Part 1 of 2: Mike Mennard reflects on Union and his dreams for impacting families
For 13 years, his office has been home to all things pirate, endless poetry books and stacked coffee cups. For 13 years, he’s been sure to ask you “How’s your day?”, even if it was only 9 a.m..
But next school year, a new professor will find a home in the cozy corner of room 408-D as Mike Mennard, associate professor of English and Communication, sets his sights for a new adventure: full-time poetry, children’s music and children’s education.
“My strength, I believe, is building confidence in others. This made me see teaching as inspiration,” said Mennard as we reflected on his time teaching.
Mennard’s inspiration for teaching sparked when he first began instructing at Pacific Union College following his experience as a full-time musician (during which the spelling of his last name was changed from ‘Mesnard’ to ‘Mennard’). Then, after three years, he came to Lincoln in support of Michelle Mesnard, his wife, when she was offered a teaching position. He taught as an adjunct until the teacher in his position left for the Philippines, then gladly interviewed for and landed the job.
Now it’s more than a decade later, and he still speaks with passion for teaching.
“The students kept me here,” he said. “I hate graduation with a passion. It’s an exciting time, but all I see are friends leaving.” However, it’s not just any general college student that tugs at Mennard’s heart strings. Union, he explained, is different.
“Most places, the students are, you could say, infected with the cynical worldview of today’s culture. But, for the most part, Union students care—they believe,” he said. “I think they are more unique than they know.”
Of course, Mennard admits that teaching has its challenges. He especially remembers the first time he tried advising a student. “I was terrified. I thought I was going to ruin her entire life by advising her wrong,” he said nervously.
He doesn’t remember his first day in the classroom but admits being more comfortable in front of a class than at his desk. Given his bubbly personality, this doesn’t come as much of a surprise.
“Now, one thing they don’t tell you is how lonely teaching can be,” Mennard admitted. “You think because you’re surrounded by students and colleagues that teaching is collaborative. But, you’re primarily responsible for your classroom and material. While you have great relationships, teaching is a very individual profession.” It was different than where I worked previously in public relations where there were teams and everyone contributed to projects.”
But students and challenges aside, Mennard is appreciative of the growth Union has led him to discover over the years. He’s learned what he can do, and what his weaknesses are. “I’ve been humbled,” as he phrases it.
“I’ve discovered that it’s okay to not have an answer. I believe teachers in particular, even Christians, are uncomfortable saying ‘It’s a mystery, I don’t know.’ I think I feel comfortable saying that now than before teaching. Sometimes I just don’t know the answer, or I’m not satisfied with answers given. But, you never stop searching for that answer. And I think that’s what counts.”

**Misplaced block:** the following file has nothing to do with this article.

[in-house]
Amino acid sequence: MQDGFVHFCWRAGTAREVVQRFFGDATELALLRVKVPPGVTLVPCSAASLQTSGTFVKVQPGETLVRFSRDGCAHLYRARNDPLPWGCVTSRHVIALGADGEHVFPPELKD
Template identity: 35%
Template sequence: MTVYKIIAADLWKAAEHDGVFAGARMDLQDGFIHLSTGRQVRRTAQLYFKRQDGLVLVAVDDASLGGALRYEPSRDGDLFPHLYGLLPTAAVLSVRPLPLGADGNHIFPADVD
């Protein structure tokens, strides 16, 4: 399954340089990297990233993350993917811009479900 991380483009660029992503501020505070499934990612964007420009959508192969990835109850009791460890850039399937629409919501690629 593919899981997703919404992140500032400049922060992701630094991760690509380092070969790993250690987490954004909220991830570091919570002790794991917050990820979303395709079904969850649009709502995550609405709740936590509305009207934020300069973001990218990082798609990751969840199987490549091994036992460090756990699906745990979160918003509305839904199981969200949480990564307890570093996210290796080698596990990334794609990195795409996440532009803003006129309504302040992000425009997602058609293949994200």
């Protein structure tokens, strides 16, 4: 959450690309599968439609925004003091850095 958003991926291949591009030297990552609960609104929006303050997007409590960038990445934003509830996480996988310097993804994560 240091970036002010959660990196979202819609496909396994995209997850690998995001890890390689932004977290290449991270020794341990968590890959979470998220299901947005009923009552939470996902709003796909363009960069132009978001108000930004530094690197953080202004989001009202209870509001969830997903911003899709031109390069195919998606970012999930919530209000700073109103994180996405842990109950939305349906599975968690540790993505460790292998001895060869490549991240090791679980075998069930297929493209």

Now as Mennard jumps into another track, the answer he’s searching for lies in making a difference for families through his interactive children’s music comedy group, The Mighty Magic Pants, his own poetry and utilizing the Nebraska Arts Council and others to help reach out towards children through education and music.
His summer is booked full of programs for families across the country, his school year is being planned, and he’s even begun exploring the idea of opening a family friendly comedy theatre as his end goal.
“We want there to be more for than just kids. We want families to come together and laugh, be challenged and learn together,” he said. He can’t give away many details yet, but plans to create a place for families to meet for movie nights, daytime events, educational lectures and even karaoke.
“I think giving families opportunities to share, learn and laugh together can only have a positive effect,” Mennard exclaimed. “It seems like we’re just making people laugh, but I believe we are changing the world.”
And the best part is that with this new adventure, Mennard will be able to utilize what he enjoys most: creating. He admitted that it’s scary to go from the safety of a secure job to one where things constantly change but is confident that this is what he is meant to do next.
“It’s been good for our son, Ramsey,” he expressed. “He sees us tackling our dreams rather than just being satisfied with where we are at. It’s good that we continue to grow.”
Luckily, Mennard loves teaching his Biblical Literature class enough that he plans to continue teaching it as an adjunct professor every other year.
“Students enter terrified that if we analyze the Bible as a literary document, as poetry or stories, that it will somehow suffer. But I have yet to see a student come out of that class who doesn’t have a greater esteem for the Bible,” he said.
If you still want to have a chat about how your day is going, sign up for Biblical Literature, or reach out for a long-lasting friendship. His office, even if it’s not at Union, is always open.
Emy is a sophomore studying communication.